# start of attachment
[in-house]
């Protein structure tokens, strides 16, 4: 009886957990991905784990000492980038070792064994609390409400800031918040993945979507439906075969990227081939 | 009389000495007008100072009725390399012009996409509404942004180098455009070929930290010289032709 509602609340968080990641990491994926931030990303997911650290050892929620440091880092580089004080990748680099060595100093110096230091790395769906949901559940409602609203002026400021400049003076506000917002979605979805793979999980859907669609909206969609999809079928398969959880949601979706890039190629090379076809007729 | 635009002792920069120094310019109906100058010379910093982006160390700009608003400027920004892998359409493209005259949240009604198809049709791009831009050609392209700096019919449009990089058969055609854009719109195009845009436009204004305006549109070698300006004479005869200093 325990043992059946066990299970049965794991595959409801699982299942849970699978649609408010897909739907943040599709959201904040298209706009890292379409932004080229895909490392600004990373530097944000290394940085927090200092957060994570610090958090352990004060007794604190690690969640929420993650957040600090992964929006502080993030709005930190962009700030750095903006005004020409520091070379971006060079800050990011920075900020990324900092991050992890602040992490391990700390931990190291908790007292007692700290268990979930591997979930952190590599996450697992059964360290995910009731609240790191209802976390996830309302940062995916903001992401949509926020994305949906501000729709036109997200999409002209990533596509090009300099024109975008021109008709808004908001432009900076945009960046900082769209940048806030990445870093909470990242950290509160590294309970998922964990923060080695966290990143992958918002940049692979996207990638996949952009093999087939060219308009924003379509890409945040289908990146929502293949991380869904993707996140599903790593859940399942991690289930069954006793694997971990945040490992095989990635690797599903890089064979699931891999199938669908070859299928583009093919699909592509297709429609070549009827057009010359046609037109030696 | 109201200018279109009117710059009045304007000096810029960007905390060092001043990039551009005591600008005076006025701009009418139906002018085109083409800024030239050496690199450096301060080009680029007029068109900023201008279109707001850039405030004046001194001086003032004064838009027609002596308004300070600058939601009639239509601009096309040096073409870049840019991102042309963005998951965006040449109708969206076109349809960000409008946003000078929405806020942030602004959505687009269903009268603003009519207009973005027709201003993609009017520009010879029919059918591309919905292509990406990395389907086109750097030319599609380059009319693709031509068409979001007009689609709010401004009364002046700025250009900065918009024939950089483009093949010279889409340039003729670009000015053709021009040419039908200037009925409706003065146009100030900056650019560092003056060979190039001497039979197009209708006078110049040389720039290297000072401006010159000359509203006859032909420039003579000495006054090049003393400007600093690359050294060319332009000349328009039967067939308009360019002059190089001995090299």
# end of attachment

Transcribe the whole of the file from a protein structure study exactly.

[in-house]
């Protein structure tokens, strides 16, 4: 009886957990991905784990000492980038070792064994609390409400800031918040993945979507439906075969990227081939 | 009389000495007008100072009725390399012009996409509404942004180098455009070929930290010289032709 509602609340968080990641990491994926931030990303997911650290050892929620440091880092580089004080990748680099060595100093110096230091790395769906949901559940409602609203002026400021400049003076506000917002979605979805793979999980859907669609909206969609999809079928398969959880949601979706890039190629090379076809007729 | 635009002792920069120094310019109906100058010379910093982006160390700009608003400027920004892998359409493209005259949240009604198809049709791009831009050609392209700096019919449009990089058969055609854009719109195009845009436009204004305006549109070698300006004479005869200093 325990043992059946066990299970049965794991595959409801699982299942849970699978649609408010897909739907943040599709959201904040298209706009890292379409932004080229895909490392600004990373530097944000290394940085927090200092957060994570610090958090352990004060007794604190690690969640929420993650957040600090992964929006502080993030709005930190962009700030750095903006005004020409520091070379971006060079800050990011920075900020990324900092991050992890602040992490391990700390931990190291908790007292007692700290268990979930591997979930952190590599996450697992059964360290995910009731609240790191209802976390996830309302940062995916903001992401949509926020994305949906501000729709036109997200999409002209990533596509090009300099024109975008021109008709808004908001432009900076945009960046900082769209940048806030990445870093909470990242950290509160590294309970998922964990923060080695966290990143992958918002940049692979996207990638996949952009093999087939060219308009924003379509890409945040289908990146929502293949991380869904993707996140599903790593859940399942991690289930069954006793694997971990945040490992095989990635690797599903890089064979699931891999199938669908070859299928583009093919699909592509297709429609070549009827057009010359046609037109030696 | 109201200018279109009117710059009045304007000096810029960007905390060092001043990039551009005591600008005076006025701009009418139906002018085109083409800024030239050496690199450096301060080009680029007029068109900023201008279109707001850039405030004046001194001086003032004064838009027609002596308004300070600058939601009639239509601009096309040096073409870049840019991102042309963005998951965006040449109708969206076109349809960000409008946003000078929405806020942030602004959505687009269903009268603003009519207009973005027709201003993609009017520009010879029919059918591309919905292509990406990395389907086109750097030319599609380059009319693709031509068409979001007009689609709010401004009364002046700025250009900065918009024939950089483009093949010279889409340039003729670009000015053709021009040419039908200037009925409706003065146009100030900056650019560092003056060979190039001497039979197009209708006078110049040389720039290297000072401006010159000359509203006859032909420039003579000495006054090049003393400007600093690359050294060319332009000349328009039967067939308009360019002059190089001995090299």